Reflecting indoor flooring trends, bigger is better when it comes to paving
Story: Louise Weihart
The trend of creating outdoor areas that reflect the indoors is mirrored in current paving choices, be they natural or man-made.
“Pavers today use the tones and textures of indoor furnishings and floor coverings to infuse the home’s interior style into the outdoor entertaining area,” says Priscila Manio, national marketing officer of clay and concrete paver supplier, Boral.
The current colour trend, according to Manio, is towards neutral tones such as sand, pale olive, muted cream and stone, with metallic and white accents. “These lighter colours,” she explains, “are an ideal way to make spaces appear larger.”
According to paving and tile supplier Amber, concrete pavers remain a popular choice for outdoor rooms, paths and driveways. Replacing labour-intensive lawns and meandering garden beds with large-format concrete pavers can create stylish, low-maintenance surrounds.
With the emphasis on soft, neutral tones, concrete pavers are available in a vast array of colours and sizes, with matching accessories, to suit any outdoor setting and to mimic the natural beauty of real stone at a fraction of the cost.
According to Amber, as a natural, organic product, clay paving is also proving popular. It has character and provides beauty and warmth in varying hues of red, brown and gold. It is versatile and durable and can create interesting spaces in a variety of landscaping applications. Combining clay pavers with foliage, decorative features and accessories such as stone, pebbles and wood can create harmony and enhance outdoor spaces.
Anthony Milling of natural stone provider HomeStone says the options are endless, but cobblestone driveways, travertine and sandstone swimming pool surrounds, feature walls, terraces and stair treads seem to be proving particularly popular. Milling says stone and concrete can both be used in the same areas, but there is a trend to stone because it looks more expensive. Colours vary, he says, but beige and grey are always in fashion.
Max Herford of Haddonstone, a provider of reformed sandstone pavers for the luxury end of the market, says he’s finding that clients want traditional details on their house and landscaping. He says, while there is a place for decorative paving, the emphasis is mostly on the functional.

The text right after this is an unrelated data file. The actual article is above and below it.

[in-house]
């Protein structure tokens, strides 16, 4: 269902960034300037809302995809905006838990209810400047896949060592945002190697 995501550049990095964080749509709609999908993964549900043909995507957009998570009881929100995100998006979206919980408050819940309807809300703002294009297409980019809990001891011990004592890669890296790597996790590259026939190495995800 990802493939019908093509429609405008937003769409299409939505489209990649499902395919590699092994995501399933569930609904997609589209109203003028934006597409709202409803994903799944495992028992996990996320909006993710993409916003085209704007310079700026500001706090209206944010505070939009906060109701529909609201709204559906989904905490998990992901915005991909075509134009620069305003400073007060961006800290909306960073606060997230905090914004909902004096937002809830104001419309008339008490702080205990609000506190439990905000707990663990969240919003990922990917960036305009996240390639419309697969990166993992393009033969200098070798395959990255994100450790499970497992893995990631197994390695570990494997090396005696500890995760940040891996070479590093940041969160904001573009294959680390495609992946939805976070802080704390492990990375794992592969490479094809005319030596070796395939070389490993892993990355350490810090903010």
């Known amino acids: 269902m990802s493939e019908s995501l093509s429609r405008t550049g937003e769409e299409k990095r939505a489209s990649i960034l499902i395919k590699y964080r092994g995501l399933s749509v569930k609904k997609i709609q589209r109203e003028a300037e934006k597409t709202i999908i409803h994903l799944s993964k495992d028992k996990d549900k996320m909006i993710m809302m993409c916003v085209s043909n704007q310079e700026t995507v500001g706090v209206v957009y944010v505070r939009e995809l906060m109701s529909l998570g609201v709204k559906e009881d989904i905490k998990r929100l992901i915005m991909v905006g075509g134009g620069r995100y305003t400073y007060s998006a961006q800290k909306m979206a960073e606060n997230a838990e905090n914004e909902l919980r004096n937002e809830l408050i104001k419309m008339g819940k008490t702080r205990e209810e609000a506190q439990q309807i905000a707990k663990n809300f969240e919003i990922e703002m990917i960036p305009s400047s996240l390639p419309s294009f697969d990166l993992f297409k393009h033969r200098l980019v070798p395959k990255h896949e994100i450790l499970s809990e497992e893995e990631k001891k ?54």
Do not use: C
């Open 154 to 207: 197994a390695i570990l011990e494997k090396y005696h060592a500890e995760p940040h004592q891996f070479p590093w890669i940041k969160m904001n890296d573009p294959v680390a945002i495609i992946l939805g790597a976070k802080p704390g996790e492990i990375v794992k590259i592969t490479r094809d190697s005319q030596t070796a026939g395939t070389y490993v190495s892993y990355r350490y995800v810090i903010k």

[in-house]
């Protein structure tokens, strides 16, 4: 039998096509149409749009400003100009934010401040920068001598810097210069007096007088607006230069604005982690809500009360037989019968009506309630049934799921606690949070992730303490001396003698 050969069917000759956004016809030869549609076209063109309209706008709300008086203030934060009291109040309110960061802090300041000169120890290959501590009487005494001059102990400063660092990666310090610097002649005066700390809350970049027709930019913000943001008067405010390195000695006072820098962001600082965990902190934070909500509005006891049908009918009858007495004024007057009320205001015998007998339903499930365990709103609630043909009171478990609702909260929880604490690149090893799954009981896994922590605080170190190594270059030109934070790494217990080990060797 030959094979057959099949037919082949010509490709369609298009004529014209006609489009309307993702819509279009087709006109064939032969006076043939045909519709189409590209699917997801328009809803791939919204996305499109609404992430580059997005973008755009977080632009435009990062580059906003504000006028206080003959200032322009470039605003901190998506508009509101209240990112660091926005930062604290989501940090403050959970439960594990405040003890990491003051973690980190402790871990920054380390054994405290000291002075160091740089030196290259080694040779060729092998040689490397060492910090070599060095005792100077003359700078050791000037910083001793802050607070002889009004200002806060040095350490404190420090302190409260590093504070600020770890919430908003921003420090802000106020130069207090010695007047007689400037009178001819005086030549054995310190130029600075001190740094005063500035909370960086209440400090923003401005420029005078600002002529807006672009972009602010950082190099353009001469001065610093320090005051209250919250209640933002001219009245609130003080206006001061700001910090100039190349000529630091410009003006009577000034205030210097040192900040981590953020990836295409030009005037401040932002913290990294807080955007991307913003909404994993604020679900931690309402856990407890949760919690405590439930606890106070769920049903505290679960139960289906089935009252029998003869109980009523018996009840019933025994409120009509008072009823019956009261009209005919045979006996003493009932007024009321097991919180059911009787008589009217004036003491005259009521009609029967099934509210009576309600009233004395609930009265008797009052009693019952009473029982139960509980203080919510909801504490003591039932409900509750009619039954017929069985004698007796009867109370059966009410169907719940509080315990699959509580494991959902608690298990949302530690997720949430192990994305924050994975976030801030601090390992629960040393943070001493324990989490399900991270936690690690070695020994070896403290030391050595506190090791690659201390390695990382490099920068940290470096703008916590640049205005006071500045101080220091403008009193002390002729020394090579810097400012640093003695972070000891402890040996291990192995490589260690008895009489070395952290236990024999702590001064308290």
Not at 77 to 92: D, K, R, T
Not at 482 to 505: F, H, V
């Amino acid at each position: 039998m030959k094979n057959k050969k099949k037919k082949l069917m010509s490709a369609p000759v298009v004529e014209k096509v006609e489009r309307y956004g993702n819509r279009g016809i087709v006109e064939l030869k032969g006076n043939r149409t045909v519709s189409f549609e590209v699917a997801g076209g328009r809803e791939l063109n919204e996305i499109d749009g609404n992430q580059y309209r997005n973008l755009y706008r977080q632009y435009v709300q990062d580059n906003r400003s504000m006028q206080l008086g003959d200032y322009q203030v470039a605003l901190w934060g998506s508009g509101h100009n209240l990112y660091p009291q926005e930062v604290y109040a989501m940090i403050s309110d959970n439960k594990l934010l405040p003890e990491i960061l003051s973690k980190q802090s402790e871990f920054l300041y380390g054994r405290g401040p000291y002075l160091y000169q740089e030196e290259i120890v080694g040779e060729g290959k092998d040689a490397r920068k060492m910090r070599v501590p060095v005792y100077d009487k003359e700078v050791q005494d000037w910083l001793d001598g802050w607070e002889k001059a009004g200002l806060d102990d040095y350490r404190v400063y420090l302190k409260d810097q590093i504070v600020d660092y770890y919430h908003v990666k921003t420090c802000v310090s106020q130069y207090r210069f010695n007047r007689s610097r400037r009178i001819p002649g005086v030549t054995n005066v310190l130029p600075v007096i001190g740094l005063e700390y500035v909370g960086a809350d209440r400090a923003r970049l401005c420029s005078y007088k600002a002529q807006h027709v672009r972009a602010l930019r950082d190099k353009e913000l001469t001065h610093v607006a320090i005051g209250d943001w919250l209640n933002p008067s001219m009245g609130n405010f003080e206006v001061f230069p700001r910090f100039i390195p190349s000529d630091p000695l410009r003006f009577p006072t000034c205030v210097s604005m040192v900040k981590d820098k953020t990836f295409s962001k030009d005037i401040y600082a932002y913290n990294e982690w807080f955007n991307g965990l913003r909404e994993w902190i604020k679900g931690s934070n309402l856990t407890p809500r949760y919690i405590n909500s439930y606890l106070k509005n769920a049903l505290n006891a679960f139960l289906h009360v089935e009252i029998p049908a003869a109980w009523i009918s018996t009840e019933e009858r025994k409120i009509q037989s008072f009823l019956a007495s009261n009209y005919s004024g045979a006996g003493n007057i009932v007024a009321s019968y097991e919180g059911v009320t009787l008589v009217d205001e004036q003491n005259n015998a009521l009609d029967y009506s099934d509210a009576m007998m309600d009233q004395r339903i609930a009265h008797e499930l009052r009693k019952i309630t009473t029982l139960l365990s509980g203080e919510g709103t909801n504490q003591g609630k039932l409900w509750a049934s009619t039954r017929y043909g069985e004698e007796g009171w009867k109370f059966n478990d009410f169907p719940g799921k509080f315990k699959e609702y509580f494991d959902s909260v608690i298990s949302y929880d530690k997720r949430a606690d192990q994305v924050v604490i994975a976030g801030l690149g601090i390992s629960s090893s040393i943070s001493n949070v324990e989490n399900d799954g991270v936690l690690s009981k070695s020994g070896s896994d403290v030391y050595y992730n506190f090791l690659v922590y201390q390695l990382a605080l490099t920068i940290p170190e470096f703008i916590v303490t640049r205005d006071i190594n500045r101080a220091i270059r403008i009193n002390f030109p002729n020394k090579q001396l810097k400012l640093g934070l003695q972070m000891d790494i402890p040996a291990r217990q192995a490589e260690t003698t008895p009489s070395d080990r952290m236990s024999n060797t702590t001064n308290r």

Herford explains that Haddonstone’s process involves reforming crushed sandstone under extreme pressure with binders and selected polymers. “We also have a very strong linked architectural product to offer that is in great demand as the market turns away from a sole focus on ‘minimal modern’ designs,” he says. When it comes to size, all are in agreement that bigger is better. Boral’s Manio says large-format pavers remain popular, but homeowners are also interested in new shapes such as rectangular pavers. Small-format pavers, he says, are still proving popular for driveways and footpaths.
Whether the choice is natural or man-made, large square-form pavers are very popular in the size stakes, agrees HomeStone’s Milling.
“For paving, the trend is large, square-form pavers in a natural stone such as sandstone, or cheaper concrete or reconstituted stone blends,” says Milling, who imports natural stone, travertine, limestone and granite for indoor and outdoor use. Milling points out, however, that while large pavers are still the most popular, they cost more to buy and lay, so use will depend on budget.
Haddonstone’s Max Herford agrees that larger sizes are more popular, but they are more expensive and harder to handle on site. “When laid correctly, though, they look luxurious and quite different from the standard precast available through resellers,” he says. “Our clients do not want ‘features’ or borders. They just want a clean, great-looking stone texture in a large size.”
Herford says the main size is 450mm x 450mm x 40mm, which is easier to lay and more economical. The larger size is 675mm x 450mm x 40mm, which is more luxurious and looks similar to large-section sandstone.
Of course, it all depends on personal taste. For those who want contrasting borders or decorative feature insets or patterning, the choices are virtually limitless.